Q. How are my administrative permissions different between Microsoft AD and running Active Directory in my own Amazon EC2 Windows instances?
In order to deliver a managed-service experience, Microsoft AD must disallow operations by customers that would interfere with managing the service. Therefore, AWS does not provide Windows PowerShell access to directory instances, and it restricts access to directory objects, roles, and groups that require elevated privileges. Microsoft AD does not allow direct host access to domain controllers via Telnet, Secure Shell (SSH), or Windows Remote Desktop Connection. When you create a Microsoft AD directory, you are assigned an organizational unit (OU) and an administrative account with delegated administrative rights for the OU. You can create user accounts, groups, and policies within the OU by using standard Remote Server Administration Tools such as Active Directory Users and Groups.
Q: Can I use Microsoft Network Policy Server (NPS) with Microsoft AD?
Yes. The administrative account created for you when Microsoft AD is set up has delegated management rights over the Remote Access Service (RAS) and Internet Authentication Service (IAS) security group. This enables you to register NPS with Microsoft AD and manage network access policies for accounts in your domain.
Q: Does Microsoft AD support schema extensions?
Yes. Microsoft AD supports schema extensions that you submit to the service in the form of a LDAP Data Interchange Format (LDIF) file. You may extend but not modify the core Active Directory schema.
Q: Which applications are supported on Microsoft AD?
Microsoft AD supports a broad range of Active Directory–aware applications such as .NET applications, providing the application does not require elevated permissions that could interfere with managing the service. AWS regularly evaluates requests to support applications and enables the applications based on customer demand and security evaluations, as we have done with Microsoft Network Policy Server. Applications that require access to containers or security groups outside of the customer’s delegated OU or that require creation of managed service accounts are currently unsupported. Examples include more advanced services such as Microsoft Exchange, Microsoft SharePoint, Microsoft Dynamics CRM, and Microsoft Active Directory Federation Services (AD FS). You should consider configuring and using Active Directory on EC2 instances for unsupported applications. To learn more, see AWS Quick Starts.
Q: Does Microsoft AD integrate with existing AWS Enterprise IT applications and services?
Yes, Microsoft AD integrates seamlessly with AWS Enterprise IT applications and services including Amazon WorkSpaces, Amazon WorkDocs, Amazon WorkMail, and the AWS Management Console to allow access to all AWS services. For example, users in Microsoft AD can be mapped to AWS Identity and Access Management (IAM) roles and gain a single sign-on (SSO) experience when signing in to the AWS Management Console, without the complexity of setting up SAML assertions.
Q: Can I migrate my existing, on-premises Microsoft Active Directory to Microsoft AD?
AWS does not provide any migration tools to migrate a self-managed Active Directory to Microsoft AD. You must establish a strategy for performing migration including password resets, and implement the plans using Remote Server Administration Tools.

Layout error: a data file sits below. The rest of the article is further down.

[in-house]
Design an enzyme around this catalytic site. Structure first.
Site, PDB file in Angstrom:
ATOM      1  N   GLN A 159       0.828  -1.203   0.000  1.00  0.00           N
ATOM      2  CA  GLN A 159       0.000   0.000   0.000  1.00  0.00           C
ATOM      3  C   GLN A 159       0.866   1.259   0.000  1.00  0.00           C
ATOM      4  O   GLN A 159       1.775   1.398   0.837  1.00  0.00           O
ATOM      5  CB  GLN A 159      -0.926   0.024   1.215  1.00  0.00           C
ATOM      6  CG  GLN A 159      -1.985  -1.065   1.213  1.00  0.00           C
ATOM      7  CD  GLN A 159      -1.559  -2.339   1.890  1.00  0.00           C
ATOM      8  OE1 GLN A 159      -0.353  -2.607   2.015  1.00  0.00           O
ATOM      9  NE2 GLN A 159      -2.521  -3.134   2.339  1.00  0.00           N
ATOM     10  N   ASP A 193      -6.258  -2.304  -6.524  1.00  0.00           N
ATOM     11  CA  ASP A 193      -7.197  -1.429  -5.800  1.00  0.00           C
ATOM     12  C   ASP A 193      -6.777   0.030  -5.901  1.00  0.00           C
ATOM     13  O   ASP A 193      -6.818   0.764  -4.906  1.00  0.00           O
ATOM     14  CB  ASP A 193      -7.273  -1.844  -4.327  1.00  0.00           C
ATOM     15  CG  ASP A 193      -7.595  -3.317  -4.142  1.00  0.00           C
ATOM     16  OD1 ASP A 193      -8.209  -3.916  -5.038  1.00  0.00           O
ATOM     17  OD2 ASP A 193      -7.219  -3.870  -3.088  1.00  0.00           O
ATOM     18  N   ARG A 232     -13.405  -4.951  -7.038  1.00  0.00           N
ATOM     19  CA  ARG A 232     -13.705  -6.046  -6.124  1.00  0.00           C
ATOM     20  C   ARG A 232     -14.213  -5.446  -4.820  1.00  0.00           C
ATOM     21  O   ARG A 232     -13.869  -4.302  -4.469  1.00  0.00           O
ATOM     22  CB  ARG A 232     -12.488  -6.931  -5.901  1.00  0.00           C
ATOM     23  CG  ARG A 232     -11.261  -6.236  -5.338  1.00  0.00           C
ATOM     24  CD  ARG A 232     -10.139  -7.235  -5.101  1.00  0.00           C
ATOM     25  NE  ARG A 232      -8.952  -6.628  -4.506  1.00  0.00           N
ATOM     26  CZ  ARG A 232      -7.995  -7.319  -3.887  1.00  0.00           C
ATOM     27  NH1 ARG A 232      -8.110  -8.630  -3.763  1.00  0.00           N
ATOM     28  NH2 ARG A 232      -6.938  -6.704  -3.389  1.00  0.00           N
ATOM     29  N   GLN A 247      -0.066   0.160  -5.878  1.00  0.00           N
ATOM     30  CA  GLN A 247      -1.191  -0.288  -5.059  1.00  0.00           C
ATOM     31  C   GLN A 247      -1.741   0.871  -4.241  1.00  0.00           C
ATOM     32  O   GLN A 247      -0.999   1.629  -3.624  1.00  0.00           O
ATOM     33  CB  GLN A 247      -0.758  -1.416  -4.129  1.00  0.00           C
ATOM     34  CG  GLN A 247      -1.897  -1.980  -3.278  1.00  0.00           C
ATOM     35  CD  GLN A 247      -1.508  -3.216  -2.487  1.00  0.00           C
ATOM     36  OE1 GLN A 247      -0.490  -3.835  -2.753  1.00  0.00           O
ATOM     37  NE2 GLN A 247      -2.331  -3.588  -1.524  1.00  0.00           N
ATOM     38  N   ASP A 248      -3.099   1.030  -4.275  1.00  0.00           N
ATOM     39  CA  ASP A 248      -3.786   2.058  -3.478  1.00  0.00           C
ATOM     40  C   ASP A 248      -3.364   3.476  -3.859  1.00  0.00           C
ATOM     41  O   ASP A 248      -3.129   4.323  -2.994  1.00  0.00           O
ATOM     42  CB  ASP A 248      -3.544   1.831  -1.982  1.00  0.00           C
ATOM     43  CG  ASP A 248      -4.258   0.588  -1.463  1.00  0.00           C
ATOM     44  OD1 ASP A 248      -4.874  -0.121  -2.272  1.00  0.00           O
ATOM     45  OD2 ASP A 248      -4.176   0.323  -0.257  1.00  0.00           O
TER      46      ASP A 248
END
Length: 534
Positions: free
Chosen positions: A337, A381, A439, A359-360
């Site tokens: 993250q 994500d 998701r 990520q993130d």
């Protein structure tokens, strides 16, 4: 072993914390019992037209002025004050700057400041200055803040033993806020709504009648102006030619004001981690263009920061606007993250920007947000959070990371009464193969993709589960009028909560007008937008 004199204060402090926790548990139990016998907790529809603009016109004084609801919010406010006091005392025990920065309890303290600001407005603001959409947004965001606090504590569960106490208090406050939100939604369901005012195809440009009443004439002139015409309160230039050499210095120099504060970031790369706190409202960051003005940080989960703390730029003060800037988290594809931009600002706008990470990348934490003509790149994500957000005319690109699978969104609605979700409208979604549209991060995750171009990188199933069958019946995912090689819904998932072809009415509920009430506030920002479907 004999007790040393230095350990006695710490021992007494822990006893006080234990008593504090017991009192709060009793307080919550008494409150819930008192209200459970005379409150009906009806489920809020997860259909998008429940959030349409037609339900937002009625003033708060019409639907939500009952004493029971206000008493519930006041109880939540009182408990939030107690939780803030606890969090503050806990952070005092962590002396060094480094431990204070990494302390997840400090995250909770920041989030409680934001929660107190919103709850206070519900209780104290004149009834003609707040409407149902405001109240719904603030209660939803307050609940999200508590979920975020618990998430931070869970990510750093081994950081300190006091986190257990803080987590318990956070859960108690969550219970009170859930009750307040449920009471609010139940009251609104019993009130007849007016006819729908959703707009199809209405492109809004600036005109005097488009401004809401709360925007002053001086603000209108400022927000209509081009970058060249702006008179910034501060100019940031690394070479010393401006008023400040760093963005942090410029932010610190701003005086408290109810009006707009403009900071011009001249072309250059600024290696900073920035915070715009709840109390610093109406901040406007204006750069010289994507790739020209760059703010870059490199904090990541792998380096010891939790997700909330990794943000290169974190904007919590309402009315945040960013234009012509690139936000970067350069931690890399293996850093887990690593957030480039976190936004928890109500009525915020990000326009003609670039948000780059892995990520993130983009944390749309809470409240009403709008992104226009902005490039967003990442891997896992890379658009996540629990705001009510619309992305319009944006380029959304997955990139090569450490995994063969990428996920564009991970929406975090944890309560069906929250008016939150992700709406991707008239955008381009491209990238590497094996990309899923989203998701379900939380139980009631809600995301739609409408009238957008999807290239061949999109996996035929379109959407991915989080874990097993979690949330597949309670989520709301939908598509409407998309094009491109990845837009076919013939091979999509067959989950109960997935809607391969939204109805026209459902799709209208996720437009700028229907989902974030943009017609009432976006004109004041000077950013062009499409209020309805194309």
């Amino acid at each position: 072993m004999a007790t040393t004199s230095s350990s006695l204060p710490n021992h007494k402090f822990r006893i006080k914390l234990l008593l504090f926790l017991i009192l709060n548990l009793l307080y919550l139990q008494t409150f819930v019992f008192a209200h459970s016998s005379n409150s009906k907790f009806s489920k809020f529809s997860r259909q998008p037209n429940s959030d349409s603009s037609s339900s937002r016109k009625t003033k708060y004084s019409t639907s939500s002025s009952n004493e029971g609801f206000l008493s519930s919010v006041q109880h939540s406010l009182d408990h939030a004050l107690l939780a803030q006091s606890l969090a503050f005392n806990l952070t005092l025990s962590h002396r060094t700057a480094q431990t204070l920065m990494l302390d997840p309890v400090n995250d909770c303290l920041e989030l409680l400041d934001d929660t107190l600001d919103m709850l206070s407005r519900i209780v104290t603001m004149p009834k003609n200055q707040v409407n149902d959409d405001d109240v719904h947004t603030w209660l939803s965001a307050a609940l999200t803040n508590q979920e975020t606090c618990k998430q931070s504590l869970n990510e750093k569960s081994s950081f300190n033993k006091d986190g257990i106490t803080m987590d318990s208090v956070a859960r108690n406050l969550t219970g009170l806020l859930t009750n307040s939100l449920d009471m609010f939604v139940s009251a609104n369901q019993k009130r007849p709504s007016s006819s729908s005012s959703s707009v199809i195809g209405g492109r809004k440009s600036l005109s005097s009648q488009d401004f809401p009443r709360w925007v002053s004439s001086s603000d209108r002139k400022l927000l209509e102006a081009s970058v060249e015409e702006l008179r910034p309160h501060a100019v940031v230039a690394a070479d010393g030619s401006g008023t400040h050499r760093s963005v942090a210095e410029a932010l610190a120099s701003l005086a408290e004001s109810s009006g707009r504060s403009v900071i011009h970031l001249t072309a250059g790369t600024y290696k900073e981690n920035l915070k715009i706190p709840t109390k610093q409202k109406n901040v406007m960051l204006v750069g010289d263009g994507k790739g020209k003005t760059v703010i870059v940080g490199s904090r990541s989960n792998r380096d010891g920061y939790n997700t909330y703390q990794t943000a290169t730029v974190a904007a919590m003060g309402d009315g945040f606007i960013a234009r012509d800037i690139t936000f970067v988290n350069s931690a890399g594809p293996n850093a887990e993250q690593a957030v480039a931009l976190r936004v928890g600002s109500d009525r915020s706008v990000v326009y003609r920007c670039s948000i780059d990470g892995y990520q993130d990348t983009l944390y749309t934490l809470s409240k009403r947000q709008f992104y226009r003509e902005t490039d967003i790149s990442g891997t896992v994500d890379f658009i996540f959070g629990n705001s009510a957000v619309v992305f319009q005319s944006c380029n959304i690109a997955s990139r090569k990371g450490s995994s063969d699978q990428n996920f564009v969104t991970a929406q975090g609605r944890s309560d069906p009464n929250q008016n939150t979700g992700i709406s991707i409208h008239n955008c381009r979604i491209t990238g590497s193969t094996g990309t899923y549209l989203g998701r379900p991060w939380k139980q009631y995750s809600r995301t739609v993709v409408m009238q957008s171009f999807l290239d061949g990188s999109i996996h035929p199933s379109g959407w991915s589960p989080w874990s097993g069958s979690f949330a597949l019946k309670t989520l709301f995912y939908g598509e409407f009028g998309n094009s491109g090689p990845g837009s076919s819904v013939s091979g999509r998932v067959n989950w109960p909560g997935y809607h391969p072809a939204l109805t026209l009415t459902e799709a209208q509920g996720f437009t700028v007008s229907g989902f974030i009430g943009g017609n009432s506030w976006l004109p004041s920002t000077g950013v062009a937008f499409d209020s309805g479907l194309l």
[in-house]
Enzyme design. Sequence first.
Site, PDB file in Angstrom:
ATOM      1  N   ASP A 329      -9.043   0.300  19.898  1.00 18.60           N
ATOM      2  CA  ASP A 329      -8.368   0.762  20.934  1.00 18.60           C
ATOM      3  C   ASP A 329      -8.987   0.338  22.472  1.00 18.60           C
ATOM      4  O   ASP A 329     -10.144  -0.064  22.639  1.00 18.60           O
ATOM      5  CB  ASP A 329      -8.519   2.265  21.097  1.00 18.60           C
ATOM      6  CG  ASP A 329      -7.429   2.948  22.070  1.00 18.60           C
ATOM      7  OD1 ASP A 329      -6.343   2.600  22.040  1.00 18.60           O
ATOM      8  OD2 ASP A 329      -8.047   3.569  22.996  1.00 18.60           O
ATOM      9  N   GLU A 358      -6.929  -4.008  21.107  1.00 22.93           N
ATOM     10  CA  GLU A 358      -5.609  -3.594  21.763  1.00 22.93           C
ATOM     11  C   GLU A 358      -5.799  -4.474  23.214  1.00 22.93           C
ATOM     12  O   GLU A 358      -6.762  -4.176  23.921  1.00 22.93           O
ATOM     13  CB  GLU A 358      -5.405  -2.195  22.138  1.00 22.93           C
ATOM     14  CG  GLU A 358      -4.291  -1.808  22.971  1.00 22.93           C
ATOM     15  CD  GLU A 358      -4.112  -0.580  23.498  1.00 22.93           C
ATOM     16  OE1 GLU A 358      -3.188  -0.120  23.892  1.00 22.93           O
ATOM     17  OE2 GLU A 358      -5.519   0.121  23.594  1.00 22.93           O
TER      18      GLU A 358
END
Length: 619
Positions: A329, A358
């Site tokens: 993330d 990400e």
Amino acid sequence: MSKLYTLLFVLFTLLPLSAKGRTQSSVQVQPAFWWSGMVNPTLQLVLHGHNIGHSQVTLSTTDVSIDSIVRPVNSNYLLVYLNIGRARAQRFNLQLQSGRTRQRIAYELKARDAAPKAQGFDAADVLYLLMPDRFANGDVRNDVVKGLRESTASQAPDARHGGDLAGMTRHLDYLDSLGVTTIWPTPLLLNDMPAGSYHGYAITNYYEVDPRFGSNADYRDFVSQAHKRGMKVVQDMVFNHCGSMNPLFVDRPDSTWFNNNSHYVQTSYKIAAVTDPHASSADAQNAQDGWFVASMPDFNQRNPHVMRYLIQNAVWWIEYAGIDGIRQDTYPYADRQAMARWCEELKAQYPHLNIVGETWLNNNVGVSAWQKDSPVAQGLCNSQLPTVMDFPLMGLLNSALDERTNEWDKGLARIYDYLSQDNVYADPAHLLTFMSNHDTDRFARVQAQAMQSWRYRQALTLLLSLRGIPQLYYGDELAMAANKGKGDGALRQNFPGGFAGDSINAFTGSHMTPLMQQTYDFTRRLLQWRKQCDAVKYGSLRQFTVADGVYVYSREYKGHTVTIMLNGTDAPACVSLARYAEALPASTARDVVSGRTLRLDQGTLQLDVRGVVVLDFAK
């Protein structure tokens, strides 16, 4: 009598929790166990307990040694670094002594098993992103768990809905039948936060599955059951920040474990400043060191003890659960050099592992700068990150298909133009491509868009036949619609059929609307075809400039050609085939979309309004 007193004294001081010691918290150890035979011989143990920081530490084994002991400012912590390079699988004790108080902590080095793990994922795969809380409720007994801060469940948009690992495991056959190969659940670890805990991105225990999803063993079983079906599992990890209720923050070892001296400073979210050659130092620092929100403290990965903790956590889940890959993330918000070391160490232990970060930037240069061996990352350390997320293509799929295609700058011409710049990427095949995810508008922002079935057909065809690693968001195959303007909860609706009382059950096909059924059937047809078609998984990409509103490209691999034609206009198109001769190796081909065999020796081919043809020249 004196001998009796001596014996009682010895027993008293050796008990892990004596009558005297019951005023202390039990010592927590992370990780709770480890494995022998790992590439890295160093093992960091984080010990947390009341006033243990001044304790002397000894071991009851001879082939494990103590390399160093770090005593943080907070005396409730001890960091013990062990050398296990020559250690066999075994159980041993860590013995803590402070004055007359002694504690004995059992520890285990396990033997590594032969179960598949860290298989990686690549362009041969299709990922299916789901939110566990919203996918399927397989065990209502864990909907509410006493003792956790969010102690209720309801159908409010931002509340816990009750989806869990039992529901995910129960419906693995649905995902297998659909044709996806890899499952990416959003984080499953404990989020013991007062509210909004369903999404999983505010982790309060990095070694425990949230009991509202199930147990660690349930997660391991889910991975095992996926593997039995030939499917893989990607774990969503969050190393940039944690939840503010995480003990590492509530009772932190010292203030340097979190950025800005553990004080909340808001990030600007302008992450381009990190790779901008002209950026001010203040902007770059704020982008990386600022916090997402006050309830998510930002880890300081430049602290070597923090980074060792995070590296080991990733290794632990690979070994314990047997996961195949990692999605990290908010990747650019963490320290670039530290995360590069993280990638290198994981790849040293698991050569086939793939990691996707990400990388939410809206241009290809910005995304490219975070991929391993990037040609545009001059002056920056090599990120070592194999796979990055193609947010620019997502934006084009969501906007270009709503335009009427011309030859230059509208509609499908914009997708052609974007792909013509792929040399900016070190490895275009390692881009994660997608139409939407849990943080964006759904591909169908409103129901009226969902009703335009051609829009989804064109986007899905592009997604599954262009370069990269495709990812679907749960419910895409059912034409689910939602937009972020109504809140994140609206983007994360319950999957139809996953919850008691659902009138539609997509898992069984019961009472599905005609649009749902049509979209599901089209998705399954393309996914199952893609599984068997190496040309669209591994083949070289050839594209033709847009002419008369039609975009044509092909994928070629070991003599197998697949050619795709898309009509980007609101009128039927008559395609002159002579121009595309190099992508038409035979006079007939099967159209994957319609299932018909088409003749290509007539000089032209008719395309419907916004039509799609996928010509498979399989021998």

Q: Can I configure conditional forwarders and trusts in the Directory Service console?
Yes. You can configure conditional forwarders and trusts for Microsoft AD using the Directory Service console as well as the API.
Q: Can I add additional domain controllers manually to my Microsoft AD?
No. Microsoft AD is preconfigured with 2 domain controllers in separate availability zones. It is not possible to add domain controllers to the directory.
Q: What is seamless domain join?
Seamless domain join is a feature that allows you to join your Amazon EC2 for Windows Server instances seamlessly to a domain, at the time of launch and from the AWS Management Console. You can join instances to Microsoft AD that you launch in the AWS Cloud.
Q: How do I join an instance seamlessly to a domain?
When you create and launch an EC2 for Windows instance from the AWS Management Console, you have the option to select which domain your instance will join. To learn more, see the documentation.
Q: Can I join existing EC2 for Window instances seamlessly to a domain?
For existing EC2 Linux and Windows instances, you can use the EC2 API to join them to a domain. To learn more, see the documentation.
Q: How does AWS Directory Service enable single sign-on (SSO) to the AWS Management Console?
AWS Directory Service allows you to assign IAM roles to Microsoft AD or Simple AD users and groups in the AWS cloud, as well as an existing, on-premises Microsoft Active Directory users and groups using AD Connector. These roles will control users’ access to AWS services based on IAM policies assigned to the roles. AWS Directory Service will provide a customer-specific URL for the AWS Management Console which users can use to sign in with their existing corporate credentials. Please see our documentation for more information on this feature.
For questions about AD Connector or Simple AD, please see AWS Directory Service, Other Directory Options.